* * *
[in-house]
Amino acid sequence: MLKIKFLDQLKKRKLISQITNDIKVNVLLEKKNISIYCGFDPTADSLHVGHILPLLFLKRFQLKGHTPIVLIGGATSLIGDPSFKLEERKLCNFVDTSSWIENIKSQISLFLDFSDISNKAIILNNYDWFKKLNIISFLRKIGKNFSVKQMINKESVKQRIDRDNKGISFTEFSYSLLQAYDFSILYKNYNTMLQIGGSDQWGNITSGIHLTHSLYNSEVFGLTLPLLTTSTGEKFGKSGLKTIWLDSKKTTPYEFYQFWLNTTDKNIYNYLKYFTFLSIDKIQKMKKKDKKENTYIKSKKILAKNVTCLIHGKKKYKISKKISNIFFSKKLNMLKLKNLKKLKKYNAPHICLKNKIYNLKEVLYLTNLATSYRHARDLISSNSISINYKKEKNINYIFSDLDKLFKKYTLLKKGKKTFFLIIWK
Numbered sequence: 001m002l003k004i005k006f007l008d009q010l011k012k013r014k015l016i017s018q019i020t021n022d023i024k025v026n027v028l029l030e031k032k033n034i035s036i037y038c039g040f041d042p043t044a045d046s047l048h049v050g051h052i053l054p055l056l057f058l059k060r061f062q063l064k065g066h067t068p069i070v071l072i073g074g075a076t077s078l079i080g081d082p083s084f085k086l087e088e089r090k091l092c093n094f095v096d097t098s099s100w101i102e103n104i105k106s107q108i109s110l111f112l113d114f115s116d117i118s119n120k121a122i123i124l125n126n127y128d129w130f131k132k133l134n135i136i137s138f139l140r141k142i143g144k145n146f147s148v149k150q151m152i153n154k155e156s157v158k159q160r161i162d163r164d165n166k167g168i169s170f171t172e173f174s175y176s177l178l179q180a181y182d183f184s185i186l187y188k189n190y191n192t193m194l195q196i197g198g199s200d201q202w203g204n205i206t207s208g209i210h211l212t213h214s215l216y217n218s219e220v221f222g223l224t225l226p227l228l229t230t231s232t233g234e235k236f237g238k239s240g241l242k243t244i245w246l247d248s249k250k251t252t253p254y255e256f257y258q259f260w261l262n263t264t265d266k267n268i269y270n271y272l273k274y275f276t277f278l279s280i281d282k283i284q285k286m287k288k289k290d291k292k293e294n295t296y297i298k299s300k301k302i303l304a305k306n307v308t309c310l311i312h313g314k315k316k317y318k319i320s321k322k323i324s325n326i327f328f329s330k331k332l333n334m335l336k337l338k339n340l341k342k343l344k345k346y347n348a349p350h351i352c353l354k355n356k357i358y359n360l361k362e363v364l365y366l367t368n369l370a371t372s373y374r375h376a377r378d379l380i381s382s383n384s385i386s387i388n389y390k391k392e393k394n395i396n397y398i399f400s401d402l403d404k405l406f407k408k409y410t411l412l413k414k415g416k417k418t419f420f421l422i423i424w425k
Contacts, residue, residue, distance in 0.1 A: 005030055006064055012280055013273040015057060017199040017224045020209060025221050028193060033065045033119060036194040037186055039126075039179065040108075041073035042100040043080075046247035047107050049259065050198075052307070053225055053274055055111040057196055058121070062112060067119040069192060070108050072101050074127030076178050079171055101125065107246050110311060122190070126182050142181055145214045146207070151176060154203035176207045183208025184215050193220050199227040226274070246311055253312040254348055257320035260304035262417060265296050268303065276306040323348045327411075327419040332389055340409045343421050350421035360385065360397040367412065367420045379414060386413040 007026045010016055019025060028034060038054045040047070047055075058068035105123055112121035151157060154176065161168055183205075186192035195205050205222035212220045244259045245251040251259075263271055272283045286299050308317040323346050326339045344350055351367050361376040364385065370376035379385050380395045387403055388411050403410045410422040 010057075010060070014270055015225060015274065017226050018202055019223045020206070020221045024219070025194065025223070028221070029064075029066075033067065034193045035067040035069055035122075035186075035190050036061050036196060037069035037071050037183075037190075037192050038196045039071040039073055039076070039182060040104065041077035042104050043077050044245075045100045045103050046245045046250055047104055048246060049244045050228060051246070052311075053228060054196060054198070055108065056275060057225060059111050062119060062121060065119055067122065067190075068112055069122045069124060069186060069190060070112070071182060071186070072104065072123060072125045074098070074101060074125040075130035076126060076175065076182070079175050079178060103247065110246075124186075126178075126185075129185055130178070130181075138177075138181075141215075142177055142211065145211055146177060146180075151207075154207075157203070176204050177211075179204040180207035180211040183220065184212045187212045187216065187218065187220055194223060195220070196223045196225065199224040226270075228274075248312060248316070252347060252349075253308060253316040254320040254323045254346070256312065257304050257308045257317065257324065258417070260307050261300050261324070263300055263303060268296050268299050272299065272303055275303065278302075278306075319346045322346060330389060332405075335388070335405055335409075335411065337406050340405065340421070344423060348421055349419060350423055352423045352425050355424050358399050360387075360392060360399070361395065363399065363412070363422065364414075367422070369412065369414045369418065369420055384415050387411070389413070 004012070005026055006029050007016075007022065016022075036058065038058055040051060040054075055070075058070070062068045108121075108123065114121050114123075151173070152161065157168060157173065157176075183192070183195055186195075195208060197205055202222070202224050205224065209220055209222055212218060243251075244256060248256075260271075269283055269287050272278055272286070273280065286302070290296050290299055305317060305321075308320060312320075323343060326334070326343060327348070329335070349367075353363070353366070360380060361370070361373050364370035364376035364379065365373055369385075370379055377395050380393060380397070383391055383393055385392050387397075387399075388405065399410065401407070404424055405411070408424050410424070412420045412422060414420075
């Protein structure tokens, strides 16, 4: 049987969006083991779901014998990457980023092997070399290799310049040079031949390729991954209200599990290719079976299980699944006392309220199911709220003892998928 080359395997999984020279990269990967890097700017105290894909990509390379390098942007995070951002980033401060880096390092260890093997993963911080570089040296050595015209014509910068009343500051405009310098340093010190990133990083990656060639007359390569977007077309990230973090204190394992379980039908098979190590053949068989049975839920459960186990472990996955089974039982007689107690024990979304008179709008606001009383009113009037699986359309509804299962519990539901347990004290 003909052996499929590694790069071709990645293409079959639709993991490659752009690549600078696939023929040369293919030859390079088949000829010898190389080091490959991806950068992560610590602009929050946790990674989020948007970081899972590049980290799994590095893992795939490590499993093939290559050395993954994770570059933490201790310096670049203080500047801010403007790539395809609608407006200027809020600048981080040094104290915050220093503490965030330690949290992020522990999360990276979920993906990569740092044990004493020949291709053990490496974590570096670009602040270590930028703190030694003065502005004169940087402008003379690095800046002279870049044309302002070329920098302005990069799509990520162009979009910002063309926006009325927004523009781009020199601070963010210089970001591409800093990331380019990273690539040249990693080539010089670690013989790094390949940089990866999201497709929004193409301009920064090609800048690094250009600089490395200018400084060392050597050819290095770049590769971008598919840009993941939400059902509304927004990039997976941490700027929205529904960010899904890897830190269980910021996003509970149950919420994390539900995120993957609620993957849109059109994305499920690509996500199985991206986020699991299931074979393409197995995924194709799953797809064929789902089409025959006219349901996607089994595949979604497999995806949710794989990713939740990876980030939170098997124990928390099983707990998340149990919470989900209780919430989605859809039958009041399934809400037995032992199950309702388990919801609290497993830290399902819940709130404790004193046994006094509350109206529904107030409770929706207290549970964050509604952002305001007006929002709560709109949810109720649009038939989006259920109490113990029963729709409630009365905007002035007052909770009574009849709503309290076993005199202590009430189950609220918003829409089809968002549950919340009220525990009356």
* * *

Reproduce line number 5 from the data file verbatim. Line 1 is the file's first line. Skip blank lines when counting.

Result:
């Protein structure tokens, strides 16, 4: 049987969006083991779901014998990457980023092997070399290799310049040079031949390729991954209200599990290719079976299980699944006392309220199911709220003892998928 080359395997999984020279990269990967890097700017105290894909990509390379390098942007995070951002980033401060880096390092260890093997993963911080570089040296050595015209014509910068009343500051405009310098340093010190990133990083990656060639007359390569977007077309990230973090204190394992379980039908098979190590053949068989049975839920459960186990472990996955089974039982007689107690024990979304008179709008606001009383009113009037699986359309509804299962519990539901347990004290 003909052996499929590694790069071709990645293409079959639709993991490659752009690549600078696939023929040369293919030859390079088949000829010898190389080091490959991806950068992560610590602009929050946790990674989020948007970081899972590049980290799994590095893992795939490590499993093939290559050395993954994770570059933490201790310096670049203080500047801010403007790539395809609608407006200027809020600048981080040094104290915050220093503490965030330690949290992020522990999360990276979920993906990569740092044990004493020949291709053990490496974590570096670009602040270590930028703190030694003065502005004169940087402008003379690095800046002279870049044309302002070329920098302005990069799509990520162009979009910002063309926006009325927004523009781009020199601070963010210089970001591409800093990331380019990273690539040249990693080539010089670690013989790094390949940089990866999201497709929004193409301009920064090609800048690094250009600089490395200018400084060392050597050819290095770049590769971008598919840009993941939400059902509304927004990039997976941490700027929205529904960010899904890897830190269980910021996003509970149950919420994390539900995120993957609620993957849109059109994305499920690509996500199985991206986020699991299931074979393409197995995924194709799953797809064929789902089409025959006219349901996607089994595949979604497999995806949710794989990713939740990876980030939170098997124990928390099983707990998340149990919470989900209780919430989605859809039958009041399934809400037995032992199950309702388990919801609290497993830290399902819940709130404790004193046994006094509350109206529904107030409770929706207290549970964050509604952002305001007006929002709560709109949810109720649009038939989006259920109490113990029963729709409630009365905007002035007052909770009574009849709503309290076993005199202590009430189950609220918003829409089809968002549950919340009220525990009356």